Mbulelo Vizikhungo Mzamane

Dr. Lokangaka Losambe, a scholar who has studied Mbulelo V. Mzamane’s works, has noted that Mzamane “distinguished himself as South Africa’s master of popular laughter”. Nelson Mandela described Mzamane as a ‘visionary leader, [and] one of South Africa ‘s greatest intellectuals’. Mzamane himself would want to be best remembered as a teacher, a calling he held in the highest regard. He also made important contributions as a writer, author, scholar, administrator, broadcaster, literary critic, editor, publisher, music producer, film director, performing artist, and an education and culture activist.


At the time of his passing, Mzamane was the Project Leader and General Editor for his self-initiated undertaking, the Encyclopaedia of South African Arts, Culture and Heritage (ESAACH). ESAACH is an omnibus project that he fondly called his final gift to South Africa ( It is a multi-year project of national and international significance to produce multi-volume, multi-media reference works on the verbal, performing and visual arts as well as on the many expressions of South Africa’s tangible and intangible heritage from antiquity to the present, as compiled in four parts: the verbal arts, the performing arts, the visual arts, and heritage. It will define and document, over time, the complex contours of South African arts, culture and heritage. In addition to its value for cultural literacy (teaching and learning), cultural industries and cultural diplomacy will also benefit from the availability of user-friendly information the encyclopaedia will supply. These millions of users will be able to access the encyclopaedia in all its electronic, digital, print media and other audio-visual forms. Of ESAACH Mzamane said; “By tapping into the collaborative spirit of social networks, the accessibility of technological innovations such as Wiki database and two-way mobile-to-web communications, we will build a communal knowledge base that will be far more than the sum of its parts.”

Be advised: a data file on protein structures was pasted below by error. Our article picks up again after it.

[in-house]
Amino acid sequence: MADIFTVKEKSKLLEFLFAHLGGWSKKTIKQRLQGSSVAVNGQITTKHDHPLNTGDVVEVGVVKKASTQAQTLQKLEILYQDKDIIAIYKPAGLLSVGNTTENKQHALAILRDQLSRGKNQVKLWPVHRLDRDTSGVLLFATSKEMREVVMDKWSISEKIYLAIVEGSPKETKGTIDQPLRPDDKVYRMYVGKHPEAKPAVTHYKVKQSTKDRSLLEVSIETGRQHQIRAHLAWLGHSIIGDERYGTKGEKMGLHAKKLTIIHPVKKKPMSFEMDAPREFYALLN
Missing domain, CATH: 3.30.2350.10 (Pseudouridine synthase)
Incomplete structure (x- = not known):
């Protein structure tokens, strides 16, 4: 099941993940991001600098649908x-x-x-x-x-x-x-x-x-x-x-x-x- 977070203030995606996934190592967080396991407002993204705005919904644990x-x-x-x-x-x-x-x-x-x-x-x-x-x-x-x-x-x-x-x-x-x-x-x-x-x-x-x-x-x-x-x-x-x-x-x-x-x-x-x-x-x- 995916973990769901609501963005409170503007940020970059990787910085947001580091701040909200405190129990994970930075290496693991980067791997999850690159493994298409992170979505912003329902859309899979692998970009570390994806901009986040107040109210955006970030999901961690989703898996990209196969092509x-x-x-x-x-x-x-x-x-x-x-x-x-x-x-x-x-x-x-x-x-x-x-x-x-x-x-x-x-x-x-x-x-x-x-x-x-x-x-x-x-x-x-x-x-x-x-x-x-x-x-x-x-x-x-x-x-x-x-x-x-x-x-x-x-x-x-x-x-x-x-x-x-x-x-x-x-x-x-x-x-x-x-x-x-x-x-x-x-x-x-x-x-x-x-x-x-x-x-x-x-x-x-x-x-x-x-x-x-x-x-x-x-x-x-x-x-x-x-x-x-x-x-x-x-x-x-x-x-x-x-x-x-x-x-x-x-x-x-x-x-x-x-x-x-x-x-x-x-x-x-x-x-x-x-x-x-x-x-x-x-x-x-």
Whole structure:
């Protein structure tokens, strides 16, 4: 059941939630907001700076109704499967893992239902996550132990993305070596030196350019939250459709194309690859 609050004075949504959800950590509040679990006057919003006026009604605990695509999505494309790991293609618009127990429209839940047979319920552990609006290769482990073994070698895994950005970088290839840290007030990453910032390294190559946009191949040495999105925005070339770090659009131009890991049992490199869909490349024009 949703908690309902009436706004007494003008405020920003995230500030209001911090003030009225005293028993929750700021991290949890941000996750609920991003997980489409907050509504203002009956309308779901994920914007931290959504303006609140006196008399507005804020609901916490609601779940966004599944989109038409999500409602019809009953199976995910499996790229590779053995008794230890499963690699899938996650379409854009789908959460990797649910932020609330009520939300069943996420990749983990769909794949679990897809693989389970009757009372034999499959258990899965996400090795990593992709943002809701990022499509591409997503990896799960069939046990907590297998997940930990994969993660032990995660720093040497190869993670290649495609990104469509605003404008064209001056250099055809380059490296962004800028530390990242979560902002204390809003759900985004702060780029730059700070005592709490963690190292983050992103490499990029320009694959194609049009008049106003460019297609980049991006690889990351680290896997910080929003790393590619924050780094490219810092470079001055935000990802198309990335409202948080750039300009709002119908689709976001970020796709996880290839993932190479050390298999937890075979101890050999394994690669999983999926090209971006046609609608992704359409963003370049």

Mzamane was born in Port Elizabeth in 1948 and grew up first in Soweto and then in the Brakpan-Springs area. His mother Flamma Cingashe Nkonyeni was a nurse and his father Canon Joshua Bernard Mbizo Mzamane was an Anglican priest; both were community stalwarts. Mzamane was proud of his Ekurhuleni roots, often saying; “Once an East Rander, always an East Rander!” His early schooling was in Soweto and then at St. Christopher’s in Swaziland where he met many of his lifelong friends. He then went on to do his undergraduate degree at the then University of Botswana, Lesotho & Swaziland (UBLS, Roma campus), developing tight bonds with what would become southern Africa’s prominent personalities.


From Lesotho where he was a teacher at Mabathoana High School, the Mzamane family moved to Botswana where they were later expelled for their political activism, as was the case for many South African freedom fighters. Exile moved the Mzamane family to various countries after that, where they were deeply engaged members of the South African freedom fighting communities and partnered with international figures and agencies in the anti-apartheid movement.